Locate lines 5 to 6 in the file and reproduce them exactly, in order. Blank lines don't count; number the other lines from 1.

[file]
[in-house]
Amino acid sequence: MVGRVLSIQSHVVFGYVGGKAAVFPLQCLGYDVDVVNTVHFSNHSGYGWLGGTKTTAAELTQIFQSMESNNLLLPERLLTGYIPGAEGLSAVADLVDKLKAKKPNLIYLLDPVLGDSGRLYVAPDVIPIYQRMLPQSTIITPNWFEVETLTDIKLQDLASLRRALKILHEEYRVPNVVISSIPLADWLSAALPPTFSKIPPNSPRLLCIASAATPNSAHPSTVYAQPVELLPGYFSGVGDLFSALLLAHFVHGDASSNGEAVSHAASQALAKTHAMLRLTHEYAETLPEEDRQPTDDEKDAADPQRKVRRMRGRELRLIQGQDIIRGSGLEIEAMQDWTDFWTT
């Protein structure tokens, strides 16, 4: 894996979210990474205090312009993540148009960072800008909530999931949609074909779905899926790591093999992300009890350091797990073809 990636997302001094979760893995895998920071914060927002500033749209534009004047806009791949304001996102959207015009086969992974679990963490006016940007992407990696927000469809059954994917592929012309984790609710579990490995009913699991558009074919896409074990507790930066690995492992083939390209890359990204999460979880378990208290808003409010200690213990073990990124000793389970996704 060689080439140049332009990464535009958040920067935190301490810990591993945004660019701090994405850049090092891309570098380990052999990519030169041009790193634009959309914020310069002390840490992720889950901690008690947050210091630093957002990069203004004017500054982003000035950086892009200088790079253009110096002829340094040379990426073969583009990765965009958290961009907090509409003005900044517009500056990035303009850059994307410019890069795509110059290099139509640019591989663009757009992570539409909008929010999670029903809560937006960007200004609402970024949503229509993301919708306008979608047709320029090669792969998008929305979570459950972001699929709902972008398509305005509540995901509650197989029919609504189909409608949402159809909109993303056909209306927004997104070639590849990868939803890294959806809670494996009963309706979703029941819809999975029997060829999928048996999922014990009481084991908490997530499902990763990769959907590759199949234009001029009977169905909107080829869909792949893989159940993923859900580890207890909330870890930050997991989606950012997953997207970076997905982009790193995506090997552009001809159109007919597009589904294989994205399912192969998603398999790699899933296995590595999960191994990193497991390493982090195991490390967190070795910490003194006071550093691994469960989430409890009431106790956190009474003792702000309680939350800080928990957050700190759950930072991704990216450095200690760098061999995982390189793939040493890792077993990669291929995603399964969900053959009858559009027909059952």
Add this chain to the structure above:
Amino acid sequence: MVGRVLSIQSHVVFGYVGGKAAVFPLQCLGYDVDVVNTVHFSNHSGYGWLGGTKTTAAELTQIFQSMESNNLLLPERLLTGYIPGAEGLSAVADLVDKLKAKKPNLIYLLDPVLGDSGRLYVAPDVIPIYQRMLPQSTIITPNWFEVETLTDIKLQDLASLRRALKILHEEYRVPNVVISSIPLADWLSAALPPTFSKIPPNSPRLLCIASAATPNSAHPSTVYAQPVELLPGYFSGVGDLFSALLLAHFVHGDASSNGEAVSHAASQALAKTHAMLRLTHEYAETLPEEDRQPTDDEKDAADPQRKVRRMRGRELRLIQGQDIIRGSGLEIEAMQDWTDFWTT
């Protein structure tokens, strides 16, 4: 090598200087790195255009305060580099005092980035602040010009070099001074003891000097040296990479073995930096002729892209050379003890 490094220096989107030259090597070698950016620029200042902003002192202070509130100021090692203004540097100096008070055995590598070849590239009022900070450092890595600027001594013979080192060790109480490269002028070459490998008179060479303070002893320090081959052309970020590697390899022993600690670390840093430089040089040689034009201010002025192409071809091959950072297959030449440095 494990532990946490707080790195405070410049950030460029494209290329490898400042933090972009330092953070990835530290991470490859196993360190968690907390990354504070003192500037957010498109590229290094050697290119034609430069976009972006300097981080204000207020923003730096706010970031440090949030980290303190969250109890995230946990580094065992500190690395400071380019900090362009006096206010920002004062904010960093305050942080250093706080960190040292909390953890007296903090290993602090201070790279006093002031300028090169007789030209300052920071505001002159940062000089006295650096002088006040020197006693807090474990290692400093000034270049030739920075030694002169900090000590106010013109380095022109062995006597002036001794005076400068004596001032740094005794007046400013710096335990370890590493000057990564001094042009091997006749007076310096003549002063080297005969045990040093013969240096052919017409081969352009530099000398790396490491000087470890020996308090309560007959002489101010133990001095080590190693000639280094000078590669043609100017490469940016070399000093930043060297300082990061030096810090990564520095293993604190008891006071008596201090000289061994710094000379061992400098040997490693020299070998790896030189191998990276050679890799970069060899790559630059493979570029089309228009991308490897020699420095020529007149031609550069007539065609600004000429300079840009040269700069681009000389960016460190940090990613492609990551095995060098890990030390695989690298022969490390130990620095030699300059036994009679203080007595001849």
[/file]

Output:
Amino acid sequence: MVGRVLSIQSHVVFGYVGGKAAVFPLQCLGYDVDVVNTVHFSNHSGYGWLGGTKTTAAELTQIFQSMESNNLLLPERLLTGYIPGAEGLSAVADLVDKLKAKKPNLIYLLDPVLGDSGRLYVAPDVIPIYQRMLPQSTIITPNWFEVETLTDIKLQDLASLRRALKILHEEYRVPNVVISSIPLADWLSAALPPTFSKIPPNSPRLLCIASAATPNSAHPSTVYAQPVELLPGYFSGVGDLFSALLLAHFVHGDASSNGEAVSHAASQALAKTHAMLRLTHEYAETLPEEDRQPTDDEKDAADPQRKVRRMRGRELRLIQGQDIIRGSGLEIEAMQDWTDFWTT
């Protein structure tokens, strides 16, 4: 090598200087790195255009305060580099005092980035602040010009070099001074003891000097040296990479073995930096002729892209050379003890 490094220096989107030259090597070698950016620029200042902003002192202070509130100021090692203004540097100096008070055995590598070849590239009022900070450092890595600027001594013979080192060790109480490269002028070459490998008179060479303070002893320090081959052309970020590697390899022993600690670390840093430089040089040689034009201010002025192409071809091959950072297959030449440095 494990532990946490707080790195405070410049950030460029494209290329490898400042933090972009330092953070990835530290991470490859196993360190968690907390990354504070003192500037957010498109590229290094050697290119034609430069976009972006300097981080204000207020923003730096706010970031440090949030980290303190969250109890995230946990580094065992500190690395400071380019900090362009006096206010920002004062904010960093305050942080250093706080960190040292909390953890007296903090290993602090201070790279006093002031300028090169007789030209300052920071505001002159940062000089006295650096002088006040020197006693807090474990290692400093000034270049030739920075030694002169900090000590106010013109380095022109062995006597002036001794005076400068004596001032740094005794007046400013710096335990370890590493000057990564001094042009091997006749007076310096003549002063080297005969045990040093013969240096052919017409081969352009530099000398790396490491000087470890020996308090309560007959002489101010133990001095080590190693000639280094000078590669043609100017490469940016070399000093930043060297300082990061030096810090990564520095293993604190008891006071008596201090000289061994710094000379061992400098040997490693020299070998790896030189191998990276050679890799970069060899790559630059493979570029089309228009991308490897020699420095020529007149031609550069007539065609600004000429300079840009040269700069681009000389960016460190940090990613492609990551095995060098890990030390695989690298022969490390130990620095030699300059036994009679203080007595001849």